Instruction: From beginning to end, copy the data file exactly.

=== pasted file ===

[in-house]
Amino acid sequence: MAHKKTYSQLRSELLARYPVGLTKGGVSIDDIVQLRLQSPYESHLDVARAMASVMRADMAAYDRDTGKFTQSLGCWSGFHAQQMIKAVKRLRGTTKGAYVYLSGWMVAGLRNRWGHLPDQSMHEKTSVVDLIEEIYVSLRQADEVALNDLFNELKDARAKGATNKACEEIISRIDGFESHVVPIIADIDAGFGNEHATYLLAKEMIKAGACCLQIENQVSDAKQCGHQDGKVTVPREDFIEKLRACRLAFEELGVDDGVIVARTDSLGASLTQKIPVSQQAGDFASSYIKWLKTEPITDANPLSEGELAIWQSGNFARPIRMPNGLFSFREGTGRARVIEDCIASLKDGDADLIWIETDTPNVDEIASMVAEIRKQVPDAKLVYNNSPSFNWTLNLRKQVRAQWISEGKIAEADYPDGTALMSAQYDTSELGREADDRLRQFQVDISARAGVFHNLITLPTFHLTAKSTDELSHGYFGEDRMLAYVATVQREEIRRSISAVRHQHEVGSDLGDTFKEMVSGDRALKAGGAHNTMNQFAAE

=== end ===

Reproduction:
[in-house]
Amino acid sequence: MAHKKTYSQLRSELLARYPVGLTKGGVSIDDIVQLRLQSPYESHLDVARAMASVMRADMAAYDRDTGKFTQSLGCWSGFHAQQMIKAVKRLRGTTKGAYVYLSGWMVAGLRNRWGHLPDQSMHEKTSVVDLIEEIYVSLRQADEVALNDLFNELKDARAKGATNKACEEIISRIDGFESHVVPIIADIDAGFGNEHATYLLAKEMIKAGACCLQIENQVSDAKQCGHQDGKVTVPREDFIEKLRACRLAFEELGVDDGVIVARTDSLGASLTQKIPVSQQAGDFASSYIKWLKTEPITDANPLSEGELAIWQSGNFARPIRMPNGLFSFREGTGRARVIEDCIASLKDGDADLIWIETDTPNVDEIASMVAEIRKQVPDAKLVYNNSPSFNWTLNLRKQVRAQWISEGKIAEADYPDGTALMSAQYDTSELGREADDRLRQFQVDISARAGVFHNLITLPTFHLTAKSTDELSHGYFGEDRMLAYVATVQREEIRRSISAVRHQHEVGSDLGDTFKEMVSGDRALKAGGAHNTMNQFAAE